One reason that could prioritise a size increase in cattle was the need for muscle power. In Etruscan Italy, cattle were predominantly slaughtered in late adulthood, and lower limb pathologies evidence their use for traction (Trentacoste 2016). Stronger animals could work harder and exploit heavier soils, increasing the production of cereals required to feed urban centres. Later Roman agronomists explicitly state the importance of size and working capacity, as well as colour, as a marker of different cattle types (e.g. Columella, De re rustica 6.1.1–3; Varro, De re rustica 2.5.6–11; see MacKinnon 2010a). However, if big cattle were developed for agricultural labour, why are the largest animals in towns and cities? One explanation is that they were sent there for slaughter after working lives further afield, or that cities were able to maintain the largest stock to work their own environs. Alternatively, a cultural preference for large animals, especially those of a specific sex, conformation, or colour, could also drive these patterns. In protohistoric Italy, practically every aspect of material culture could be used to articulate identity, and inter-elite competition played out everywhere from temples to tombs (Izzet 2007; Riva 2010; Potts 2015). Cities were centres for this type of display, and the animal pulling an ornate chariot or presented at a public sacrifice would have been as important as the more archaeologically durable elements of these scenarios. Roman rituals called for male or female cattle of with specific colours (Dumézil 1987: 550–551; Scheid 2007), and Varro notes that certain breeds of Italian cattle were preferred as sacrifices, on account of their size and white colour (Rust. 2.5.10–11). Virgil also refers to the use of white Italian cattle in triumphs and sacrifices, which might be marked from birth for such purposes (Georgics 2.145–148; 3.156–165). The ability to furnish one of the most costly and least common forms of livestock (bulls) in the rarest of colours (white), and then kill it, demonstrates an immense quantity of disposable wealth. In this context, cattle not only offered power to pull ploughs, but a means of expressing wealth, resource access, and influence: political and social as well as physical power.
Sheep: Specialisation of Animals and Materials
Specialised livestock husbandry during the later prehistory had a significant impact on the formation of sheep ‘breeds’ as noted by Roman authors. Sheep in northern Italy and Puglia were renowned for their fleeces, and sheep varied in colour across the peninsula (e.g. Columella, Rust. 7.2.3–7.3.2; Pliny, Naturalis historia 8.190–191; Strabo, 5.1.12). Sheep ‘landraces’ also differed in size and shape, with taller animals in the lowlands and shorter varieties in the mountains (Columella, Rust. 7.2.3). Regional diversity and various ‘landraces’ also existed in prehistory, but the change from household to workshop and more industrial scales of production supported formation of specialized herds and even types of sheep. Textiles were major sources of wealth and prestige in protohistoric Italy, and wool was one of the most important raw materials in their production (Gleba 2008). Written, iconographic, and archaeological sources document the sumptuous garments worn by the elite, who distinguished themselves and displayed their wealth through the use of rare dyes, gold thread and appliques, elaborate woven designs, and even three-dimensional pleating (Gleba 2017a). Considering the amount of wealth and craftsmanship dedicated to these prestige textiles, it is not surprising to find that their production also had an important social role. Textile tools have been recovered in large numbers from tombs, domestic contexts, and even sanctuaries, where they provide an important testament to the ubiquity and social importance of this activity (Meyers 2013).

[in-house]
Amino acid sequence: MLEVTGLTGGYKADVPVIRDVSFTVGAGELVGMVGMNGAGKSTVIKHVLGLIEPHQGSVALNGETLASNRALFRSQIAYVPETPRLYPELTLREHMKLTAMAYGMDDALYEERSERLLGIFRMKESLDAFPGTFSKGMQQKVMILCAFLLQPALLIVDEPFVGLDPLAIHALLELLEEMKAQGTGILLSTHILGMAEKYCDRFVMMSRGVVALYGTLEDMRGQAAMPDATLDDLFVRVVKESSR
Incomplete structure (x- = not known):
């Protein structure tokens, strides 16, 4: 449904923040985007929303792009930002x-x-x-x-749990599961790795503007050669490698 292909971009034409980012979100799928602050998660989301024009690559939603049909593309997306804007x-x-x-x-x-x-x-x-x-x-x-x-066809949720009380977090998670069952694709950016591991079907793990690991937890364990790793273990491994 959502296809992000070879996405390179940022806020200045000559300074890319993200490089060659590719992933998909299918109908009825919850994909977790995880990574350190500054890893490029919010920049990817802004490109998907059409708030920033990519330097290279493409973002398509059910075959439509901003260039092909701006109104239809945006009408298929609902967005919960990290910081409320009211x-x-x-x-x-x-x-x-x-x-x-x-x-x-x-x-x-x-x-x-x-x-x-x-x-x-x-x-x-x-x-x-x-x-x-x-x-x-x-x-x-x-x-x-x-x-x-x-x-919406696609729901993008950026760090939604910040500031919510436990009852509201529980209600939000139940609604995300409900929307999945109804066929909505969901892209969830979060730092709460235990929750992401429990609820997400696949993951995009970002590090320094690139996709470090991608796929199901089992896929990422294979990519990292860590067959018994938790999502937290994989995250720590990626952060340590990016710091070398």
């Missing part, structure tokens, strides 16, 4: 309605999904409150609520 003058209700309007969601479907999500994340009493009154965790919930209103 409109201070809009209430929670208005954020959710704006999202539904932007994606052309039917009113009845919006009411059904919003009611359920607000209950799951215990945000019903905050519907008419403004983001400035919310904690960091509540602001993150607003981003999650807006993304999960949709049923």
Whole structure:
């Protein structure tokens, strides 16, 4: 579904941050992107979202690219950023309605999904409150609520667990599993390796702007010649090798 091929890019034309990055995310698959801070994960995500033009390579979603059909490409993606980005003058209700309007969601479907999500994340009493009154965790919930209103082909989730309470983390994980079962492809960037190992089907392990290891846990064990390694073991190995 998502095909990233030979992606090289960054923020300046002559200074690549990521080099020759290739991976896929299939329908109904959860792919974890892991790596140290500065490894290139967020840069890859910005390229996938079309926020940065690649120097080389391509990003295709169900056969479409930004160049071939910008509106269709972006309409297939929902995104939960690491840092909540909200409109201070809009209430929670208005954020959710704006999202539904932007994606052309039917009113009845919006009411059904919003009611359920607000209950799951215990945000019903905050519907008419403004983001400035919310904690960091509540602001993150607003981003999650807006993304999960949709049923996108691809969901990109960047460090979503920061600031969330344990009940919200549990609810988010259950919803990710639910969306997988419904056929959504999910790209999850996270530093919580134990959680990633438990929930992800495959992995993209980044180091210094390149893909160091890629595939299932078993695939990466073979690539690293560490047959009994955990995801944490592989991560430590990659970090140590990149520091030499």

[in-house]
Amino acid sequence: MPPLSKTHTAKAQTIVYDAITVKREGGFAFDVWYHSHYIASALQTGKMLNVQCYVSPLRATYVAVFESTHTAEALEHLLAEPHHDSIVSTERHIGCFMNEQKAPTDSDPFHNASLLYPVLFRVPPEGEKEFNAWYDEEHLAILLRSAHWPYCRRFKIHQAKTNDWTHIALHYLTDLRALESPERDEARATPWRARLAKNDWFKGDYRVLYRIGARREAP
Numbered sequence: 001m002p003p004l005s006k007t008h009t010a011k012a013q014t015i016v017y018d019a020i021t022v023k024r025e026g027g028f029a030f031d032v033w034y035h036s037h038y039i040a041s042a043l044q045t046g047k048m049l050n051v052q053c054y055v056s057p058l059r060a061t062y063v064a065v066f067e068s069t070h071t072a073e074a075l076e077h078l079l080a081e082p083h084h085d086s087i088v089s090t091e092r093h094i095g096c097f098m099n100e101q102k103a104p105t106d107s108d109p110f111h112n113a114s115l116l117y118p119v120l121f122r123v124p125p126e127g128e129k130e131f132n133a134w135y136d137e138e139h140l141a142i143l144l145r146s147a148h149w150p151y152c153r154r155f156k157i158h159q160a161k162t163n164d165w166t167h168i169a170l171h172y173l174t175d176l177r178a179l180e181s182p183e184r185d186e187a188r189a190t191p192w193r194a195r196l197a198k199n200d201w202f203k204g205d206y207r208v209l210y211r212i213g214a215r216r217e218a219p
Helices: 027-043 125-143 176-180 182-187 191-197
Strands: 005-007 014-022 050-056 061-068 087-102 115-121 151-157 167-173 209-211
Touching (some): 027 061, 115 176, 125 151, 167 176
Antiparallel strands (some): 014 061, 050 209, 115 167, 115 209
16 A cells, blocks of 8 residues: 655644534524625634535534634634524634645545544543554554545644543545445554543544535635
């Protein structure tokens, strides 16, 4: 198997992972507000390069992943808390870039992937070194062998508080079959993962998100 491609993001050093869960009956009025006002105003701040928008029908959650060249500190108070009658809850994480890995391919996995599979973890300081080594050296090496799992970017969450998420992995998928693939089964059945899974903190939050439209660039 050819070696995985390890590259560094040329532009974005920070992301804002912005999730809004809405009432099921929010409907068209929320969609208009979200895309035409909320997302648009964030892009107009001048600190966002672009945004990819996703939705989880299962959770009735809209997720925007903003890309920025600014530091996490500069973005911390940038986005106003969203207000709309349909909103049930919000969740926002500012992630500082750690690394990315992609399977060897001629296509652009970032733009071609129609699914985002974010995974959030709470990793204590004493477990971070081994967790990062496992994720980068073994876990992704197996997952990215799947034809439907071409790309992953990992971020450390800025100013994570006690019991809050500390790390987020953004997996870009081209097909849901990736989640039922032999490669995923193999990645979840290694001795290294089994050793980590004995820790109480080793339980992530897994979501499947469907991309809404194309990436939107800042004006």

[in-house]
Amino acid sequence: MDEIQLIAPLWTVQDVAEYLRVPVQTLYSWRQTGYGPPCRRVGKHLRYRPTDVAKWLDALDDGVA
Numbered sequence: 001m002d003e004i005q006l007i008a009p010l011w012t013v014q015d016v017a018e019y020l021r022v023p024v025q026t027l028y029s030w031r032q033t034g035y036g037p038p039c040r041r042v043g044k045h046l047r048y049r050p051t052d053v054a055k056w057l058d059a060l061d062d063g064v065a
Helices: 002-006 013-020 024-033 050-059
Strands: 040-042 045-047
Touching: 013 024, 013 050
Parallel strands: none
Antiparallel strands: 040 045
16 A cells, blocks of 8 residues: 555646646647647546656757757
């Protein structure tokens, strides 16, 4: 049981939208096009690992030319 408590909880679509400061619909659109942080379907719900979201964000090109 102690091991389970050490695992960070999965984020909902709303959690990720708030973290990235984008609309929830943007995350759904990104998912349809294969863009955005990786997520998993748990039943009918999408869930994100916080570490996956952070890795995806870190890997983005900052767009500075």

The final quality of a finished textile depends on that of the raw material, and recent analysis of preserved textile fragments shows that several fleece qualities coexisted in Italy by the end of first millennium BC (Gleba 2012). The appearance of homogenous, fine fleeces in the later part of this period suggests that breeders were actively improving sheep for wool quality. The method of collection also appears to have changed over later prehistory. Shears came into use during the Iron Age, signalling a transformation in the collection of wool (Ryder 1992; Rast-Eicher and Bender Jørgensen 2013). This shift from plucking to cutting demonstrates the development of non-shedding fleece, allowing for removal at a chosen time and place. Sheep were also selected based on colour. Primitive European breeds are typically brown, while white wool would be needed to create bright white or vibrantly coloured garments. White fleeces were preferred in the Roman period precisely because they could be dyed (Columella, Rust. 7.2.3). However, even during the Imperial period pure white animals could not be produced without continued effort. As Columella notes, a ‘dark lamb is often the offspring of a white ram’ (7.2.5). Careful inspection and selection of breeding animals were therefore required in order to continue to produce white sheep (Columella, Rust. 7.2.5; Varro, Rust. 2.2.4), suggesting that white animals were not ubiquitous, even when Varro was writing in the first century AD. These improvements in the raw material needed for textile production mirrors developments in the production process. Textile tools became smaller and more standardized during the first millennium BC, suggesting the creation of finer products and greater expertise (Gleba 2008).